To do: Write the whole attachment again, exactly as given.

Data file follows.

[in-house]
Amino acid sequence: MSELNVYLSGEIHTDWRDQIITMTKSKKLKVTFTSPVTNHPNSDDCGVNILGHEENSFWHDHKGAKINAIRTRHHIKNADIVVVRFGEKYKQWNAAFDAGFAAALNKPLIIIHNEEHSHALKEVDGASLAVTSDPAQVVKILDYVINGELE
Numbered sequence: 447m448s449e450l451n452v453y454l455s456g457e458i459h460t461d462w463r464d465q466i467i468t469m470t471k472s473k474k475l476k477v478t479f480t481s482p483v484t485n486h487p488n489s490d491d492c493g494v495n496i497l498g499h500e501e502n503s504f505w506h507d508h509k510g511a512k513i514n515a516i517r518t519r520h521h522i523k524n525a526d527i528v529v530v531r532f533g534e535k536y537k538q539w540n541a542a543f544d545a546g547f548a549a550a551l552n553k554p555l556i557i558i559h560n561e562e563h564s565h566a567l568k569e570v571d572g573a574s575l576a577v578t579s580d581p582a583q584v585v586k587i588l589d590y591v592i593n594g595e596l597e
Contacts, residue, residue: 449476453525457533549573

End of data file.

[in-house]
Amino acid sequence: MSELNVYLSGEIHTDWRDQIITMTKSKKLKVTFTSPVTNHPNSDDCGVNILGHEENSFWHDHKGAKINAIRTRHHIKNADIVVVRFGEKYKQWNAAFDAGFAAALNKPLIIIHNEEHSHALKEVDGASLAVTSDPAQVVKILDYVINGELE
Numbered sequence: 447m448s449e450l451n452v453y454l455s456g457e458i459h460t461d462w463r464d465q466i467i468t469m470t471k472s473k474k475l476k477v478t479f480t481s482p483v484t485n486h487p488n489s490d491d492c493g494v495n496i497l498g499h500e501e502n503s504f505w506h507d508h509k510g511a512k513i514n515a516i517r518t519r520h521h522i523k524n525a526d527i528v529v530v531r532f533g534e535k536y537k538q539w540n541a542a543f544d545a546g547f548a549a550a551l552n553k554p555l556i557i558i559h560n561e562e563h564s565h566a567l568k569e570v571d572g573a574s575l576a577v578t579s580d581p582a583q584v585v586k587i588l589d590y591v592i593n594g595e596l597e
Contacts, residue, residue: 449476453525457533549573